When we wrote the call for articles for Enabling Education Review 11, in January 2022, we were watching the world emerge from COVID-19 restrictions. On 10 January 2022, for example, Uganda’s schools reopened for the first time in almost two years. They were, potentially, the country that closed their schools for the longest time to stop the spread of infection. But the effects of closing schools on learning have been felt almost everywhere, so we envisioned an edition that focuses on the effects of collective trauma and the importance of supported transitions for children returning to, or starting, school.
A post-COVID world?
Many of us continue to deal with the impact of collective trauma on our learners. In the UK, for instance, conversations with educators indicate that young children lack many experiences – and the vocabulary needed to describe them – that we would expect of 3-to-5-year-olds. Teachers say that both primary and secondary age students are more socially anxious, and university students require more support than in previous years.
Children and young people of all ages are described as needing more reassurance that they are doing things right and seem less independent than previous cohorts. One reason for this is that learning from home meant they were less in touch with how their peers coped with remote learning tasks, so they felt they, alone, were struggling. Another reason is related to how months of remote learning experiences and social distancing affected how children and young people interact and engage socially.
School closures have adversely affected learners already severely marginalised within education systems in many countries. For example, as we saw in last edition of Enabling Education Review, there was limited focus on learners with special educational needs and disabilities when governments developed centralised education provision such as television and radio programmes. Restrictions on movement meant that street-connected children could not access the education and support they were used to from relevant organisations.
In many low-income countries, the long-term school closures led to increased levels of teenage pregnancy and early marriage, and an increase in the number of children who became street-connected. This was especially so when families struggled to survive in the informal labour market that collapsed because of curfews and travel restrictions. Organisations supporting transitions (back) into education for these groups have therefore experienced greater demand for their programmes.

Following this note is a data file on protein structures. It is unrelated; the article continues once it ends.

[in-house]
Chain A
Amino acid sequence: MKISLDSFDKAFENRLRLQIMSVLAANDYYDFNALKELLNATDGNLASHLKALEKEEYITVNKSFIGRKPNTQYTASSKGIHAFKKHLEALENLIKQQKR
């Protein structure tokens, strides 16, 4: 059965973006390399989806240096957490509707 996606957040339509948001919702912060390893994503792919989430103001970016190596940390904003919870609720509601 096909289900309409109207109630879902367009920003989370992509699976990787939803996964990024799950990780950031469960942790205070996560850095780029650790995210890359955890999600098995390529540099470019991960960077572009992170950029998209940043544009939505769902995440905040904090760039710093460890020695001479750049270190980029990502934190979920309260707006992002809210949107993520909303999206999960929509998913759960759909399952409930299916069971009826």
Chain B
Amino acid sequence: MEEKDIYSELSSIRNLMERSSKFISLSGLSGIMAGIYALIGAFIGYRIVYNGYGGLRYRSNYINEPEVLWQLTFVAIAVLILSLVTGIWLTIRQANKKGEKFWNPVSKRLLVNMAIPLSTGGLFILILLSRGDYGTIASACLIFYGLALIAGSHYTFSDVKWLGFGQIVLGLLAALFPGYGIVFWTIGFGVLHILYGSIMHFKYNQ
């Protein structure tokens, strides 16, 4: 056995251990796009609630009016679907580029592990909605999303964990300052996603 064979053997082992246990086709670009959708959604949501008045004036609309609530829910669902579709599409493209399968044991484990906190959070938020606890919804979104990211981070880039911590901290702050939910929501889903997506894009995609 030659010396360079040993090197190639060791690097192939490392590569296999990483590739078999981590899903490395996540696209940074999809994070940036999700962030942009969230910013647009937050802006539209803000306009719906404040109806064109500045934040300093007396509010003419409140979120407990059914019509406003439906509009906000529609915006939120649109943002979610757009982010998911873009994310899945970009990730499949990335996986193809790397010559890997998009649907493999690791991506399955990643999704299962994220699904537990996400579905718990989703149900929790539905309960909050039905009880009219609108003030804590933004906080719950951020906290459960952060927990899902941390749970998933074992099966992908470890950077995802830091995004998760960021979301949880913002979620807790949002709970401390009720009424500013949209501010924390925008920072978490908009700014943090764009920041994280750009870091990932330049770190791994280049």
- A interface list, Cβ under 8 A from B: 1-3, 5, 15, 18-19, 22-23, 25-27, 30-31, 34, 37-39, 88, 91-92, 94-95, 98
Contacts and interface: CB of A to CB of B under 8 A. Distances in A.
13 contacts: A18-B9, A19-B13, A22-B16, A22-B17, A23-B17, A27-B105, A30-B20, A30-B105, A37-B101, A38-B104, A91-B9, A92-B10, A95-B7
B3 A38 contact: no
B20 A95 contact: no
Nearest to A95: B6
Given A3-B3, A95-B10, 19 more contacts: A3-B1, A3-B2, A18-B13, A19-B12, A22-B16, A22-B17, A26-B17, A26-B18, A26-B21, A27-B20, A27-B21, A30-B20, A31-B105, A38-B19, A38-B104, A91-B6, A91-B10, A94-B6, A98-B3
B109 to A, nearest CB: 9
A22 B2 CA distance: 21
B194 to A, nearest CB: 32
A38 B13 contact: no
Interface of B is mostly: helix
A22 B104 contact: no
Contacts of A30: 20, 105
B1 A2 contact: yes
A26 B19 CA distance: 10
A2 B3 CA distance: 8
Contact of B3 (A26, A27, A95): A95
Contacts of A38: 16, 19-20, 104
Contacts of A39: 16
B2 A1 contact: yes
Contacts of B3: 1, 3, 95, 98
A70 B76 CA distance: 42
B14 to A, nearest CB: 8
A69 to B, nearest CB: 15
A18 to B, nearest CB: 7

Despite many people perceiving that we are now in a post-COVID world, we are still being affected by the spread of the virus. Although death rates are lower now, ongoing effects of infection continue in many countries, with lockdowns and/or teachers and students falling ill and being absent from school.
While COVID-19 affected many countries, it has not always been the most significant barrier to education over the last three years. Poverty, adverse weather events related to climate change (e.g., in Bangladesh), and conflict (e.g., in Ukraine and Ethiopia) have negatively impacted teaching and learning and had traumatic effects on learners, families and teachers.
Taking a trauma-informed approach
Developing a trauma-informed approach to education policy and practice requires us to address the barriers to engagement and learning experienced by those affected by trauma. We know that teaching inclusively benefits all learners, not just those identified as having specific additional learning needs. Taking a trauma-informed approach likewise benefits all learners and takes account of the unpredictable nature of (hidden) trauma. A trauma-informed school develops pedagogies of practice that enable teachers and other school staff to engage with, and respond to, learners living with trauma and associated mental health problems.
To develop a trauma-informed school or education centre, we need to support staff members to develop their understanding and confidence, enabling them to work effectively with these learners. The main focus should be on the quality of relationships between staff and learners.
Relationships matter. Each and every interaction experienced by an individual can either exacerbate the effects of trauma (however small) or provide an opportunity for healing and growth. Trauma-informed approaches should therefore involve taking the time to listen and understand learners’ points of view. In contexts where adults are also affected by trauma, an inclusive approach should involve help with developing supportive relationships between members of staff as well.